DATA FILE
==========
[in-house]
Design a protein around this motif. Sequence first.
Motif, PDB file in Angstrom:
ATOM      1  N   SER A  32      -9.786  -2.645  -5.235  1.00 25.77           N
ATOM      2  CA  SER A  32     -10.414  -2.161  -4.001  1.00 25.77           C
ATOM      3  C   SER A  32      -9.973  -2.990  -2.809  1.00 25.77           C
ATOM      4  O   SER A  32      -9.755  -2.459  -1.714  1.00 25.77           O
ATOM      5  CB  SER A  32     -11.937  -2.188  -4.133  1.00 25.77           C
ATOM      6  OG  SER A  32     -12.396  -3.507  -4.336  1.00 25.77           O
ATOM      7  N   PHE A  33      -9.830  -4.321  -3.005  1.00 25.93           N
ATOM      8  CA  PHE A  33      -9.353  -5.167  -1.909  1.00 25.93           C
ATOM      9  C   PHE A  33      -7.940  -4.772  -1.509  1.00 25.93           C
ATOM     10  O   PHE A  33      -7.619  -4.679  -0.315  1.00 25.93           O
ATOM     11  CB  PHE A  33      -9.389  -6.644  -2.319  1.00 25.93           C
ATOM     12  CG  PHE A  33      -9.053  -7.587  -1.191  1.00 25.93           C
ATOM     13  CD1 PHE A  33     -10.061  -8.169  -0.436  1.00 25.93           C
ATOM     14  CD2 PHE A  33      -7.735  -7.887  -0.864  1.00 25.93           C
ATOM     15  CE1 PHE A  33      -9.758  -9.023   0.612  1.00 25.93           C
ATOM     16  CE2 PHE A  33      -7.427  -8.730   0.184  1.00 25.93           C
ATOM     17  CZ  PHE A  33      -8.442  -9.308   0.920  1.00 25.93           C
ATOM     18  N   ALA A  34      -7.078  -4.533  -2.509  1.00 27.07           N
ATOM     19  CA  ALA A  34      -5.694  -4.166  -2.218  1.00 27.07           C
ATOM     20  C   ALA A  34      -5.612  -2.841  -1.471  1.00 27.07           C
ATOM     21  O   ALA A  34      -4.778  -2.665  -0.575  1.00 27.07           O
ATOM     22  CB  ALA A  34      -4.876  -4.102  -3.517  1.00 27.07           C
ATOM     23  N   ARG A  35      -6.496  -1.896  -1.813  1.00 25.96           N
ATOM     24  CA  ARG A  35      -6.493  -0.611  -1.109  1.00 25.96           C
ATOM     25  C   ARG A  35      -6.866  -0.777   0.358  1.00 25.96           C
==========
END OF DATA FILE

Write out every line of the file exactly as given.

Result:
[in-house]
Design a protein around this motif. Sequence first.
Motif, PDB file in Angstrom:
ATOM      1  N   SER A  32      -9.786  -2.645  -5.235  1.00 25.77           N
ATOM      2  CA  SER A  32     -10.414  -2.161  -4.001  1.00 25.77           C
ATOM      3  C   SER A  32      -9.973  -2.990  -2.809  1.00 25.77           C
ATOM      4  O   SER A  32      -9.755  -2.459  -1.714  1.00 25.77           O
ATOM      5  CB  SER A  32     -11.937  -2.188  -4.133  1.00 25.77           C
ATOM      6  OG  SER A  32     -12.396  -3.507  -4.336  1.00 25.77           O
ATOM      7  N   PHE A  33      -9.830  -4.321  -3.005  1.00 25.93           N
ATOM      8  CA  PHE A  33      -9.353  -5.167  -1.909  1.00 25.93           C
ATOM      9  C   PHE A  33      -7.940  -4.772  -1.509  1.00 25.93           C
ATOM     10  O   PHE A  33      -7.619  -4.679  -0.315  1.00 25.93           O
ATOM     11  CB  PHE A  33      -9.389  -6.644  -2.319  1.00 25.93           C
ATOM     12  CG  PHE A  33      -9.053  -7.587  -1.191  1.00 25.93           C
ATOM     13  CD1 PHE A  33     -10.061  -8.169  -0.436  1.00 25.93           C
ATOM     14  CD2 PHE A  33      -7.735  -7.887  -0.864  1.00 25.93           C
ATOM     15  CE1 PHE A  33      -9.758  -9.023   0.612  1.00 25.93           C
ATOM     16  CE2 PHE A  33      -7.427  -8.730   0.184  1.00 25.93           C
ATOM     17  CZ  PHE A  33      -8.442  -9.308   0.920  1.00 25.93           C
ATOM     18  N   ALA A  34      -7.078  -4.533  -2.509  1.00 27.07           N
ATOM     19  CA  ALA A  34      -5.694  -4.166  -2.218  1.00 27.07           C
ATOM     20  C   ALA A  34      -5.612  -2.841  -1.471  1.00 27.07           C
ATOM     21  O   ALA A  34      -4.778  -2.665  -0.575  1.00 27.07           O
ATOM     22  CB  ALA A  34      -4.876  -4.102  -3.517  1.00 27.07           C
ATOM     23  N   ARG A  35      -6.496  -1.896  -1.813  1.00 25.96           N
ATOM     24  CA  ARG A  35      -6.493  -0.611  -1.109  1.00 25.96           C
ATOM     25  C   ARG A  35      -6.866  -0.777   0.358  1.00 25.96           C